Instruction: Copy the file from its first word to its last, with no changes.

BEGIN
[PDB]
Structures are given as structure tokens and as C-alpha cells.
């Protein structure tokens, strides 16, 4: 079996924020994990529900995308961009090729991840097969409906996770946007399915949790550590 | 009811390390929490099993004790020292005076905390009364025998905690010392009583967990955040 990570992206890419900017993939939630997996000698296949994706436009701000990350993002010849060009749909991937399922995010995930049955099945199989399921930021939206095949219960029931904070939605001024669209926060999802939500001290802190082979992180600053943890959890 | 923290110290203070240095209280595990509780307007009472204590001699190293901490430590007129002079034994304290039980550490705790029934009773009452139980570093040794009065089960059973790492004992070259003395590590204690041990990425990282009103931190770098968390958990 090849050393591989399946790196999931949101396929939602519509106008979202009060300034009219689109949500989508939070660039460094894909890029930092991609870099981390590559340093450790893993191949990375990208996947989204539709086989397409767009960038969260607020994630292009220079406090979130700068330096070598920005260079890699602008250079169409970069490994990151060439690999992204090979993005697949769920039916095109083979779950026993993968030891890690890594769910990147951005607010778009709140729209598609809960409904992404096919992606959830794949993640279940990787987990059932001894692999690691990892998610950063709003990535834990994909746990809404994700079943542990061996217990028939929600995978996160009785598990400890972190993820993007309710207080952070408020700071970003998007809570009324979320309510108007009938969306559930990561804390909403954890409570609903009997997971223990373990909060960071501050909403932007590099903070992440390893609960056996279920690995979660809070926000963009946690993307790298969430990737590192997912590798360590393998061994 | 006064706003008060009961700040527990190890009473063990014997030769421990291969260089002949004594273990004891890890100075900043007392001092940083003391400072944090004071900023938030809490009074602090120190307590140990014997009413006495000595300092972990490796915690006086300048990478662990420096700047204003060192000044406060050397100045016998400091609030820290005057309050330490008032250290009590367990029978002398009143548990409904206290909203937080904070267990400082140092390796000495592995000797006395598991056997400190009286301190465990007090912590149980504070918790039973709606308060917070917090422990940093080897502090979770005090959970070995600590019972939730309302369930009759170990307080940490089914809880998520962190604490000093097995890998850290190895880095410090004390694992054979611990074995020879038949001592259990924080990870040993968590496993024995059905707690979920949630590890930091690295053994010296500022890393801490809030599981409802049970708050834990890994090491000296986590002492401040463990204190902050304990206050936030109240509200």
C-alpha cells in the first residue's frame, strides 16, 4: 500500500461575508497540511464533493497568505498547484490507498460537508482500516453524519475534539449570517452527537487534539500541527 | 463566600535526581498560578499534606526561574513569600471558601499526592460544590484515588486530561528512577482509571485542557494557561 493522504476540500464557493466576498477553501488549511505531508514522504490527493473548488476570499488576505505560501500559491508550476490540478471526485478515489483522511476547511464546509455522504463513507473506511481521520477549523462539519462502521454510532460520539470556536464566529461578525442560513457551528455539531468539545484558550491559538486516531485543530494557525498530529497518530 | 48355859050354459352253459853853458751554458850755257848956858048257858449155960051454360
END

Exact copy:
[PDB]
Structures are given as structure tokens and as C-alpha cells.
């Protein structure tokens, strides 16, 4: 079996924020994990529900995308961009090729991840097969409906996770946007399915949790550590 | 009811390390929490099993004790020292005076905390009364025998905690010392009583967990955040 990570992206890419900017993939939630997996000698296949994706436009701000990350993002010849060009749909991937399922995010995930049955099945199989399921930021939206095949219960029931904070939605001024669209926060999802939500001290802190082979992180600053943890959890 | 923290110290203070240095209280595990509780307007009472204590001699190293901490430590007129002079034994304290039980550490705790029934009773009452139980570093040794009065089960059973790492004992070259003395590590204690041990990425990282009103931190770098968390958990 090849050393591989399946790196999931949101396929939602519509106008979202009060300034009219689109949500989508939070660039460094894909890029930092991609870099981390590559340093450790893993191949990375990208996947989204539709086989397409767009960038969260607020994630292009220079406090979130700068330096070598920005260079890699602008250079169409970069490994990151060439690999992204090979993005697949769920039916095109083979779950026993993968030891890690890594769910990147951005607010778009709140729209598609809960409904992404096919992606959830794949993640279940990787987990059932001894692999690691990892998610950063709003990535834990994909746990809404994700079943542990061996217990028939929600995978996160009785598990400890972190993820993007309710207080952070408020700071970003998007809570009324979320309510108007009938969306559930990561804390909403954890409570609903009997997971223990373990909060960071501050909403932007590099903070992440390893609960056996279920690995979660809070926000963009946690993307790298969430990737590192997912590798360590393998061994 | 006064706003008060009961700040527990190890009473063990014997030769421990291969260089002949004594273990004891890890100075900043007392001092940083003391400072944090004071900023938030809490009074602090120190307590140990014997009413006495000595300092972990490796915690006086300048990478662990420096700047204003060192000044406060050397100045016998400091609030820290005057309050330490008032250290009590367990029978002398009143548990409904206290909203937080904070267990400082140092390796000495592995000797006395598991056997400190009286301190465990007090912590149980504070918790039973709606308060917070917090422990940093080897502090979770005090959970070995600590019972939730309302369930009759170990307080940490089914809880998520962190604490000093097995890998850290190895880095410090004390694992054979611990074995020879038949001592259990924080990870040993968590496993024995059905707690979920949630590890930091690295053994010296500022890393801490809030599981409802049970708050834990890994090491000296986590002492401040463990204190902050304990206050936030109240509200």
C-alpha cells in the first residue's frame, strides 16, 4: 500500500461575508497540511464533493497568505498547484490507498460537508482500516453524519475534539449570517452527537487534539500541527 | 463566600535526581498560578499534606526561574513569600471558601499526592460544590484515588486530561528512577482509571485542557494557561 493522504476540500464557493466576498477553501488549511505531508514522504490527493473548488476570499488576505505560501500559491508550476490540478471526485478515489483522511476547511464546509455522504463513507473506511481521520477549523462539519462502521454510532460520539470556536464566529461578525442560513457551528455539531468539545484558550491559538486516531485543530494557525498530529497518530 | 48355859050354459352253459853853458751554458850755257848956858048257858449155960051454360